The history of fossils is full of metaphors. The Book of Nature, missing links, and even the phylogenetic tree populate paleo-discourse to say nothing of the actual metaphors used in evolutionary studies like trellises and ladders, braided rivers, and Banyan trees. Metaphors have exceptional explanatory power. As the fossil record is an incomplete archive of evolution over the longe duree of deep geological time, the use of metaphor in writing about it is rather inescapable.
While paleo-studies draw on metaphors as explanatory devices, they offer other disciplines their own unique set of parallels. Evolution, particularly, becomes a mechanism for explaining change – one of the most powerful metaphors biology and paleo-studies could offer.
In the 1930s, fossil discoveries of “missing links” (like Piltdown, the Taung Child, and Peking Man) peppered discussions of evolution in media and public spheres. The broad narrative of human evolution, in particular, was told and re-told, and the popularity of the subject meant that its language wormed its way into rather unexpected places and unanticipated subjects.
Take, for example, Burnett Hillman Streeter’s work in the history of books. In 1931, Streeter compiled The Chained Library: A Survey of Four Centuries in the Evolution of the English Library. (Streeter was a fellow of the Queen’s College (Oxford) and of the British Academy.) Streeter was fascinated by the technological shifts in book storage – from chained libraries to the then-current library practices – and drew on the popularity, ubiquity, and power of the metaphor the evolution offered.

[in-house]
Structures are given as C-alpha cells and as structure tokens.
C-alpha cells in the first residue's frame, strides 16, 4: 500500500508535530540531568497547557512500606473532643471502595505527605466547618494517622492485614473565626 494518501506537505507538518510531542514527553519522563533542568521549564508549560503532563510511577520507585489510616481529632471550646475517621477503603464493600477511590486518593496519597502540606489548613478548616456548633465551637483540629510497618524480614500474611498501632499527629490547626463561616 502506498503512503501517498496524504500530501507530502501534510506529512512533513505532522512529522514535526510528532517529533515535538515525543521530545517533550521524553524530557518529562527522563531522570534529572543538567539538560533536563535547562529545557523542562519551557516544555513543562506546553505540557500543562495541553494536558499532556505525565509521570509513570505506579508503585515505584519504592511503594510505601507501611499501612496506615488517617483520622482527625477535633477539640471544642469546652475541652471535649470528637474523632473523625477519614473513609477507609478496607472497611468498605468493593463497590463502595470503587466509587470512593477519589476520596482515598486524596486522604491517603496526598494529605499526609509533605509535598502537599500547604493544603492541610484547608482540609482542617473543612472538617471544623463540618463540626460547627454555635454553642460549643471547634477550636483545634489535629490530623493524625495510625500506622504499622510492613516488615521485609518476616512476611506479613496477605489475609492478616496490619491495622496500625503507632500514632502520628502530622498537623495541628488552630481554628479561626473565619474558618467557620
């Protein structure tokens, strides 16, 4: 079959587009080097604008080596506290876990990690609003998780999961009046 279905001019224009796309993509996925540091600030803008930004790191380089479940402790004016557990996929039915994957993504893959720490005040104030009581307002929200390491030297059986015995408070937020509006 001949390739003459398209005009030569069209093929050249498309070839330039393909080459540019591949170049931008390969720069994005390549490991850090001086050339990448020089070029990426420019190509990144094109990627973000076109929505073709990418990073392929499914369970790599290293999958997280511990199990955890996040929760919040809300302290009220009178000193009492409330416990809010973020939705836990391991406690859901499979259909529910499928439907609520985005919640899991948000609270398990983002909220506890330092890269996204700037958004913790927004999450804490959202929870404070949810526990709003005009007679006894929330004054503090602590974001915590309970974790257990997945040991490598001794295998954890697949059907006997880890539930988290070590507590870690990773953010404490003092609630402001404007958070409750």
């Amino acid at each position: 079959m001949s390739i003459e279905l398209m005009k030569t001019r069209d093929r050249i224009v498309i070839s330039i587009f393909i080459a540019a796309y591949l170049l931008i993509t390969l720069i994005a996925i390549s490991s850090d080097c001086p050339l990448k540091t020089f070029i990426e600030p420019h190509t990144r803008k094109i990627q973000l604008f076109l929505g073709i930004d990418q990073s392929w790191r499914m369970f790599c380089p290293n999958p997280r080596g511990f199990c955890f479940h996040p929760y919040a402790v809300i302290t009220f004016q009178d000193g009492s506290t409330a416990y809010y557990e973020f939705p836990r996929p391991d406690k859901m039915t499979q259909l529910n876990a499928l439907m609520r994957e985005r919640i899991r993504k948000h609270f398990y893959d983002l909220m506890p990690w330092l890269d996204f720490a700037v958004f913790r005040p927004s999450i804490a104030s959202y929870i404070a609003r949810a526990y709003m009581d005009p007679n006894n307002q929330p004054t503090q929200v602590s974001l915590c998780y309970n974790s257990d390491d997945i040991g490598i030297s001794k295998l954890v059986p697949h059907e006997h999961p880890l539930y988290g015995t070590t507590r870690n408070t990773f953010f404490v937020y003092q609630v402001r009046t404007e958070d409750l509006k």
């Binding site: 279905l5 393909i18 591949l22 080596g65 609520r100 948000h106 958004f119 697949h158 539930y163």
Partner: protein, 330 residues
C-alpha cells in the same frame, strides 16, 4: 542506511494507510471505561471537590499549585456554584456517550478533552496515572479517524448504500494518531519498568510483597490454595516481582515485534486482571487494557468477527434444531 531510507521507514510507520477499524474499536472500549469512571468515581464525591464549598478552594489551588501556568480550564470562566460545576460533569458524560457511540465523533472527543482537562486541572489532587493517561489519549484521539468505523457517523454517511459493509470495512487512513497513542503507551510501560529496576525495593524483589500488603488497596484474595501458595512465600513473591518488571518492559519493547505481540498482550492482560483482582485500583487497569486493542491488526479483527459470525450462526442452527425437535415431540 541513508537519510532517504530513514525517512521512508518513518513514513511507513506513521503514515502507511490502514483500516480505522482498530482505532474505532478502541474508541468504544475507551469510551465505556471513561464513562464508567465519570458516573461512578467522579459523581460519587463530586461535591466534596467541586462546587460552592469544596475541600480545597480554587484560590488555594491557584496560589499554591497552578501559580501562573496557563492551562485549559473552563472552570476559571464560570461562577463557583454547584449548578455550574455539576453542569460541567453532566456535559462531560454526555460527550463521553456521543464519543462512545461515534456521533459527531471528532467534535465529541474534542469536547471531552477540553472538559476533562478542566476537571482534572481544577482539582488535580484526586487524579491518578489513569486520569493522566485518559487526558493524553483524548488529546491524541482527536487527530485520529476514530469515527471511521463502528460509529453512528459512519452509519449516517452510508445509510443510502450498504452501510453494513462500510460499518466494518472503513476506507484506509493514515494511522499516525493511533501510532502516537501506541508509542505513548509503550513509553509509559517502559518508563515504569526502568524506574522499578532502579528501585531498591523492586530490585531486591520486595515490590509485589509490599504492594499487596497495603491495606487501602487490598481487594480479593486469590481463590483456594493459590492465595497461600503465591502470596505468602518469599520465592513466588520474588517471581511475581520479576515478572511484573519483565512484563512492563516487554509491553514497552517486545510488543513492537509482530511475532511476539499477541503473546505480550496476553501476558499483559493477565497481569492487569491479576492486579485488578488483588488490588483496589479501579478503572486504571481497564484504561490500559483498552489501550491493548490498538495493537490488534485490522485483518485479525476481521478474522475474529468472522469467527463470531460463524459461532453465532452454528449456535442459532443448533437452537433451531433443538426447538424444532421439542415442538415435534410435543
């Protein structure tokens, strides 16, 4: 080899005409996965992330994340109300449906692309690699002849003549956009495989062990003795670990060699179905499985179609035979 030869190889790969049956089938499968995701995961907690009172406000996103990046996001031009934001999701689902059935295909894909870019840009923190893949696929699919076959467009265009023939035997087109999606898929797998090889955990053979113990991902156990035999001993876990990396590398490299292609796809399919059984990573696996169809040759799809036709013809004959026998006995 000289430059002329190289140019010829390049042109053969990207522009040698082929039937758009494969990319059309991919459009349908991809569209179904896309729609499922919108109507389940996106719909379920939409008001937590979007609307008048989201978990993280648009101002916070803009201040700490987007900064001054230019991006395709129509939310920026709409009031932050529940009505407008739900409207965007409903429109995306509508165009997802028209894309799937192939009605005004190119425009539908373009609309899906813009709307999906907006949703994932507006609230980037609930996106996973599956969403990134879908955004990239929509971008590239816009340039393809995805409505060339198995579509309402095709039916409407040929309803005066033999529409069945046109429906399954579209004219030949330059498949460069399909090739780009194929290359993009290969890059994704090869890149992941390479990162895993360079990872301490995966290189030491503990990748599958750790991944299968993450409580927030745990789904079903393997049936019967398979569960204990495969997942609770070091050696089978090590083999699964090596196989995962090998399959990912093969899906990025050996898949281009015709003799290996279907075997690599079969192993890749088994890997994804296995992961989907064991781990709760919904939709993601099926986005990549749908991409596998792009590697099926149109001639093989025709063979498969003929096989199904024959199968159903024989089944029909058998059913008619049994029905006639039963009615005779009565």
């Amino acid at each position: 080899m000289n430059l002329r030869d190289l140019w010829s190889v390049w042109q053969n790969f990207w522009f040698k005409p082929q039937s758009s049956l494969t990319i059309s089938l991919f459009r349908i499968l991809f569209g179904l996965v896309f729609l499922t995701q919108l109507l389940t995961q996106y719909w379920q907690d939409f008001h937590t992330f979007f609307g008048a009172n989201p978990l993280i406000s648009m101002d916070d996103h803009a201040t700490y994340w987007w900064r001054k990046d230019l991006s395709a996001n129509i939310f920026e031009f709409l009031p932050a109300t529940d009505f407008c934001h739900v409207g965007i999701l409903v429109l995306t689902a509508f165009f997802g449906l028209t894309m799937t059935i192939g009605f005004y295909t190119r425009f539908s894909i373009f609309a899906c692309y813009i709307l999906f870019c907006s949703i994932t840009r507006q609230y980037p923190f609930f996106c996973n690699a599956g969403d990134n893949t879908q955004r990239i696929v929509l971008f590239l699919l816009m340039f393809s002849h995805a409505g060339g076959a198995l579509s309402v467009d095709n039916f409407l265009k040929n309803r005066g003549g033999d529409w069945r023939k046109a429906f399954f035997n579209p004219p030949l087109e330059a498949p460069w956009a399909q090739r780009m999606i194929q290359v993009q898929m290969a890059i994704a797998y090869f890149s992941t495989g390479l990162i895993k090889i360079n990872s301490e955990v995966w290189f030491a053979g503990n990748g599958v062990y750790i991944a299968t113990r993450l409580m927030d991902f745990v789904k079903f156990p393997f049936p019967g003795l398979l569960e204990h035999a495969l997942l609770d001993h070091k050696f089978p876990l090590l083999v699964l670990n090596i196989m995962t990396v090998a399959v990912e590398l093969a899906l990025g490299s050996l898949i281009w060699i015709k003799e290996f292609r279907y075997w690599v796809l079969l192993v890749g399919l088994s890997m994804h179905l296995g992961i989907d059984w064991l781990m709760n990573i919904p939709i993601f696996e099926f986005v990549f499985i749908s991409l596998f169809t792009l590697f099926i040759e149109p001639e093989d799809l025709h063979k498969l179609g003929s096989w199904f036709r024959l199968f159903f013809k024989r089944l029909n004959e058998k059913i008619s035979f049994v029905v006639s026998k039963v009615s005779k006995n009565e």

“Chaining, then, in ancient libraries is not an interesting irrelevance. The fact that some anthropoid ancestor began to employ his front paws for grasping instead of for walking conditioned the upright posture of man and his use of tools – and so his whole future development.”
While the early twentieth-century scientific drama of “missing link” fossils might have been played out by a few, the metaphors of evolution – even evolution itself! – proved to have reach well-beyond paleo-research circles.
 Burnett Hillman Streeter, The Chained Library; a Survey of Four Centuries in the Evolution of the English Library. (New York: B. Franklin, 1970, 2nd edition), p. xiii.